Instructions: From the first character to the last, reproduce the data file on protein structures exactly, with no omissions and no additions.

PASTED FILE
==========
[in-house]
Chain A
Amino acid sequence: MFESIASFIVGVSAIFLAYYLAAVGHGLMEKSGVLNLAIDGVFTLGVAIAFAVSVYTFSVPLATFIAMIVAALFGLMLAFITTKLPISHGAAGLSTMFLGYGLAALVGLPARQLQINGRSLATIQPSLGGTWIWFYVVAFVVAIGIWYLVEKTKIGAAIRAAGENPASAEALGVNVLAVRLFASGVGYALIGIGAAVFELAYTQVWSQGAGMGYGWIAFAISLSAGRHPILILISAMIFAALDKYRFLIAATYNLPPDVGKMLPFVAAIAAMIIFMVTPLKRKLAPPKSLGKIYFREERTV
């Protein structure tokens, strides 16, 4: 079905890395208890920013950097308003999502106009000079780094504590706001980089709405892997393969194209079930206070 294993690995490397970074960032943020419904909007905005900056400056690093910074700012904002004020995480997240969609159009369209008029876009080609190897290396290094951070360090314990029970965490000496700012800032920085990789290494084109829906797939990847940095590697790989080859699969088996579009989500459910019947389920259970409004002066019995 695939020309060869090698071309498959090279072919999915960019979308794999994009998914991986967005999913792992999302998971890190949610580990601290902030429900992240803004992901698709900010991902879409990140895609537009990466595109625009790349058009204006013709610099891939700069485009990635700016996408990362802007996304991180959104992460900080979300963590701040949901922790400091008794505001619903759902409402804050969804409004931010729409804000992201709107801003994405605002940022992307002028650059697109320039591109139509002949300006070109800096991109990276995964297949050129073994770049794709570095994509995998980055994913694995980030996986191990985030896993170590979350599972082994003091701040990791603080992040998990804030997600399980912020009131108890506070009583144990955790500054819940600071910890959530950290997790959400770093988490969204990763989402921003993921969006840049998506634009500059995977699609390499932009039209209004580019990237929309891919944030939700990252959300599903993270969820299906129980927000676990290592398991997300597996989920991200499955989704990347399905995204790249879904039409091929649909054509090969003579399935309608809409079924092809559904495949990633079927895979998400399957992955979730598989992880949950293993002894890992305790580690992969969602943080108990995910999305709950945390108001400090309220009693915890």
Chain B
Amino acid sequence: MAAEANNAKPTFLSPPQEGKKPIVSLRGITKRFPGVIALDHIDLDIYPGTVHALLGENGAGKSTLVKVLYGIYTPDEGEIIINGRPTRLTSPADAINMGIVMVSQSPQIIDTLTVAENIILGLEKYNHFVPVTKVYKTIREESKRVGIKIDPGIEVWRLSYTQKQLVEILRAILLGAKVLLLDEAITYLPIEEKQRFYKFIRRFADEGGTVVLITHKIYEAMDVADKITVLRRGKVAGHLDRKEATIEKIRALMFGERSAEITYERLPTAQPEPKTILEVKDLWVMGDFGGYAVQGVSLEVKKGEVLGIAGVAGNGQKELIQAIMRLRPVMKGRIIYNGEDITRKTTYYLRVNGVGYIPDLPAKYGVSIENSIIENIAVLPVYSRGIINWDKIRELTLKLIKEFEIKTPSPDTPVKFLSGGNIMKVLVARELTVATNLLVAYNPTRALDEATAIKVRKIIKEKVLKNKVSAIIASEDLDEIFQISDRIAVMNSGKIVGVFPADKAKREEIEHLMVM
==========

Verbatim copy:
[in-house]
Chain A
Amino acid sequence: MFESIASFIVGVSAIFLAYYLAAVGHGLMEKSGVLNLAIDGVFTLGVAIAFAVSVYTFSVPLATFIAMIVAALFGLMLAFITTKLPISHGAAGLSTMFLGYGLAALVGLPARQLQINGRSLATIQPSLGGTWIWFYVVAFVVAIGIWYLVEKTKIGAAIRAAGENPASAEALGVNVLAVRLFASGVGYALIGIGAAVFELAYTQVWSQGAGMGYGWIAFAISLSAGRHPILILISAMIFAALDKYRFLIAATYNLPPDVGKMLPFVAAIAAMIIFMVTPLKRKLAPPKSLGKIYFREERTV
């Protein structure tokens, strides 16, 4: 079905890395208890920013950097308003999502106009000079780094504590706001980089709405892997393969194209079930206070 294993690995490397970074960032943020419904909007905005900056400056690093910074700012904002004020995480997240969609159009369209008029876009080609190897290396290094951070360090314990029970965490000496700012800032920085990789290494084109829906797939990847940095590697790989080859699969088996579009989500459910019947389920259970409004002066019995 695939020309060869090698071309498959090279072919999915960019979308794999994009998914991986967005999913792992999302998971890190949610580990601290902030429900992240803004992901698709900010991902879409990140895609537009990466595109625009790349058009204006013709610099891939700069485009990635700016996408990362802007996304991180959104992460900080979300963590701040949901922790400091008794505001619903759902409402804050969804409004931010729409804000992201709107801003994405605002940022992307002028650059697109320039591109139509002949300006070109800096991109990276995964297949050129073994770049794709570095994509995998980055994913694995980030996986191990985030896993170590979350599972082994003091701040990791603080992040998990804030997600399980912020009131108890506070009583144990955790500054819940600071910890959530950290997790959400770093988490969204990763989402921003993921969006840049998506634009500059995977699609390499932009039209209004580019990237929309891919944030939700990252959300599903993270969820299906129980927000676990290592398991997300597996989920991200499955989704990347399905995204790249879904039409091929649909054509090969003579399935309608809409079924092809559904495949990633079927895979998400399957992955979730598989992880949950293993002894890992305790580690992969969602943080108990995910999305709950945390108001400090309220009693915890």
Chain B
Amino acid sequence: MAAEANNAKPTFLSPPQEGKKPIVSLRGITKRFPGVIALDHIDLDIYPGTVHALLGENGAGKSTLVKVLYGIYTPDEGEIIINGRPTRLTSPADAINMGIVMVSQSPQIIDTLTVAENIILGLEKYNHFVPVTKVYKTIREESKRVGIKIDPGIEVWRLSYTQKQLVEILRAILLGAKVLLLDEAITYLPIEEKQRFYKFIRRFADEGGTVVLITHKIYEAMDVADKITVLRRGKVAGHLDRKEATIEKIRALMFGERSAEITYERLPTAQPEPKTILEVKDLWVMGDFGGYAVQGVSLEVKKGEVLGIAGVAGNGQKELIQAIMRLRPVMKGRIIYNGEDITRKTTYYLRVNGVGYIPDLPAKYGVSIENSIIENIAVLPVYSRGIINWDKIRELTLKLIKEFEIKTPSPDTPVKFLSGGNIMKVLVARELTVATNLLVAYNPTRALDEATAIKVRKIIKEKVLKNKVSAIIASEDLDEIFQISDRIAVMNSGKIVGVFPADKAKREEIEHLMVM